Sonia Livingstone on Children and the Internet on Social Science Bites (SAGE)
Nigel Warburton – You mentioned exposure to pornography, to racism, to cyber-bullying, is that the limit of risk for a child online?
Sonia Livingstone – Among the most common risks are exposure to pornography and cyber-bullying, though those remain relatively low level. The other risk that people really worry about, it the risk that strangers, paedophiles, ‘weirdos’ (as kids call them) will locate a child, especially a vulnerable child and will exploit and abuse them. And we spent quite a while thinking about firstly how to ask children about that, if they are not aware of those risks, because there are ethical issues in the research we are doing. And then, how to decide what is a risk, because many children go online precisely to meet new people and make new friends. And a ‘new friend’ before you get to know them is a stranger. So, working out which are the strangers who are going to become good friends and which are the ones who are going to harm you is a really subtle judgment that we are asking a child to make. Many children do the kinds of things that allow them to make new friends, like they post their personal information, and they add contacts to their social networking or their instant messaging that they don’t otherwise know, they put out all kinds of information about themselves. But, mainly, they don’t meet strangers and they certainly don’t meet weird strangers out to sexually abuse them.
Image: The Guardian
“The initial installment of the Twitter Political Index, called the “TwIndex” for short, shows Obama with a score of 34 and Romney with 25, based on tweets posted on Tuesday. Since the TwIndex compares tweets about the candidates to all tweets on other topics, that means that tweets about Obama are on average more positive than 34 percent of tweets not mentioning him. It also means that tweets about Obama are generally more positive than tweets about Romney. The plan is for the latest Twitter Political Index will be posted each day at 8 p.m. at election.twitter.com.” (NextGov.com)
“Crowdsourcing is not entirely flawed in the Mexican context, though. We have seen people in various Mexican cities organize organically to alert one another of violent events, in real time. But these urban crisis management networks do not need institutions to function. However, law enforcement does, unless one is willing to accept lynching and other types of crowd-based law enforcement.” (Andrés Monroy-Hernández, Social Media Collective)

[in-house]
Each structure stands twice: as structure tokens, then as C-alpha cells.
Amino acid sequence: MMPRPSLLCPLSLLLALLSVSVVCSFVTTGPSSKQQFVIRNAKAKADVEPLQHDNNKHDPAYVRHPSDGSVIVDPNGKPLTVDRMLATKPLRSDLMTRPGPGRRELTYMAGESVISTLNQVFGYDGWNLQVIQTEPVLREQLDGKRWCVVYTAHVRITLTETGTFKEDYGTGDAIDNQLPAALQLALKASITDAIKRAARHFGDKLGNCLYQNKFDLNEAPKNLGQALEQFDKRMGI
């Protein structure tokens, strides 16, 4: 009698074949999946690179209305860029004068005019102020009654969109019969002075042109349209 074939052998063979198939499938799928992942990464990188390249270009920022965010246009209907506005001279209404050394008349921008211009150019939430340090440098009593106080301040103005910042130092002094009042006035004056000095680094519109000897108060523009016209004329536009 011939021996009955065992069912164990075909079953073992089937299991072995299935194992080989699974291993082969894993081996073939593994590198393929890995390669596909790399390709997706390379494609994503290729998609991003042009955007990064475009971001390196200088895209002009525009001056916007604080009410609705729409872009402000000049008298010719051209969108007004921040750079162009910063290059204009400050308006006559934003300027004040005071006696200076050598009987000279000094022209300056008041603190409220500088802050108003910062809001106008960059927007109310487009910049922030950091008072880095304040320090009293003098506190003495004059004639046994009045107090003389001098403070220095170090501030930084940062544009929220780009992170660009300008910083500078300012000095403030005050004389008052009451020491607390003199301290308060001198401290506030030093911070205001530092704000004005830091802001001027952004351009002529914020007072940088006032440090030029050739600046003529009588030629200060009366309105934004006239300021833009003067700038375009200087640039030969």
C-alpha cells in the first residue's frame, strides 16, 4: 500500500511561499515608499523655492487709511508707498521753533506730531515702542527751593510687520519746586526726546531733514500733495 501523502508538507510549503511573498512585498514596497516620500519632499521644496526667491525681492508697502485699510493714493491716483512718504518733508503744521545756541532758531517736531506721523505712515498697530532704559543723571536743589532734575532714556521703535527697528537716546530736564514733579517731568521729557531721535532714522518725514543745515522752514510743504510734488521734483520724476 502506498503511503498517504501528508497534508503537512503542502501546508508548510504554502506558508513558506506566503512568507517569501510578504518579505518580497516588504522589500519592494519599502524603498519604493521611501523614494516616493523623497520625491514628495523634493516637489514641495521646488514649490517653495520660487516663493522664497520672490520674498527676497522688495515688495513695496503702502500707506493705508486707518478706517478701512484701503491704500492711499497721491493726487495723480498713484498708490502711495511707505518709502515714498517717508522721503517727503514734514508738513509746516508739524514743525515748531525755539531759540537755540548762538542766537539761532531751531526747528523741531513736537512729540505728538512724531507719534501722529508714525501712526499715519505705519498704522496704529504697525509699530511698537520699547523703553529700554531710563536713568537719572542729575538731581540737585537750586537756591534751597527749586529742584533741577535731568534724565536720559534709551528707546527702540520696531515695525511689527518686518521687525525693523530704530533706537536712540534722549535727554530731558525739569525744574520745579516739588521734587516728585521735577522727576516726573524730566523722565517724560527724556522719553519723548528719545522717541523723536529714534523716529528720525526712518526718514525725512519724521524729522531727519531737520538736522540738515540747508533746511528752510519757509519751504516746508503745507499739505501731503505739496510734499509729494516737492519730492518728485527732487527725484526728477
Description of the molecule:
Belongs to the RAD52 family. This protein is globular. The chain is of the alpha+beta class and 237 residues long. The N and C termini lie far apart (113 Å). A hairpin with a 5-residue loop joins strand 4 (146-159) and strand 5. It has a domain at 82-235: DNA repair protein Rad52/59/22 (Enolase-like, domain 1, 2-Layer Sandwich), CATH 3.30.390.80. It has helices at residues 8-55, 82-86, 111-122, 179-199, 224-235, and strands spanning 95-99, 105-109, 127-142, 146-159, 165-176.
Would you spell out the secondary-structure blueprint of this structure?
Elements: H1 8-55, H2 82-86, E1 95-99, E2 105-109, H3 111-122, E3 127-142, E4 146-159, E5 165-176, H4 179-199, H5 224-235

Image: Carnegie Mellon
“Researchers in Carnegie Mellon University’s School of Computer Science analyzed millions of Chinese microblogs, or ‘weibos,’ to uncover a set of politically sensitive terms that draw the attention of Chinese censors. Individual messages containing the terms were often deleted at rates that could vary based on current events or geography.
In China, where online censorship is highly developed, the researchers found that oft-censored terms included well-known hot buttons, such as Falun Gong, a spiritual movement banned by the Chinese government, and human rights activists Ai Weiwei and Liu Xiaobo. Others varied based on events; Lianghui, a term that normally refers to a joint meeting of China’s parliament and its political advisory body, became subject to censorship when it emerged as a code word for “planned protest” during pro-democracy unrest that began in February 2011.” (Byron Spice, Carnegie Mellon News)
Image: Wikimedia Commons
“Much as in a grass-roots lobbying campaign, the hackers spent weeks spreading their message through their own Web site and social sites like Twitter and Flickr. Their Facebook page called on volunteers to download free attack software and implored them to “stop child abuse” by joining the cause. It featured split-screen images of the pope seated on a gilded throne on one side and starving African children on the other. And it linked to articles about sexual abuse cases and blog posts itemizing the church’s assets.
It took the hackers 18 days to recruit enough people, the report says. Then the reconnaissance began. A core group of roughly a dozen skilled hackers spent three days poking around the church’s World Youth Day site looking for common security holes that could let them inside, the report says. Probing for such loopholes used to be tedious and slow, but the advent of automated tools made it possible for hackers to do this while they slept.” (Nicole Perlroth & John Markoff, NYTimes.com)
Photo: State Dept.
“Responding to a call by Washington, D.C., election officials for outsiders with no previous access to test system security, Halderman and his students penetrated the pilot system within 48 hours of it going online. Their successful attack went undetected for another 36 hours, they say, despite the fact that they left a calling card in the form of having the vote confirmation screen to play the University of Michigan fight song after 15 seconds. Even then, the detection didn’t occur because D.C. officials spotted anomalies in intrusion detection system logs, or even stumbled on the fight song itself, but because someone on a mailing list monitored by the city asked, ‘does anyone know what tune they play for successful voters?’ ” (David Perera, Fierce Government)
Photo: Damian Dovarganes/AP
“But Everyone Counts’ security claims have been met with deep scepticism by a computer scientist community which has grappled for years with the problem of making online elections fully verifiable while maintaining ballot secrecy – in other words, being rigorous about auditing the voting process, but still making sure nobody knows who voted for what. So far, nobody has demonstrated that such a thing is possible.” (Andrew Gumbel, The Guardian)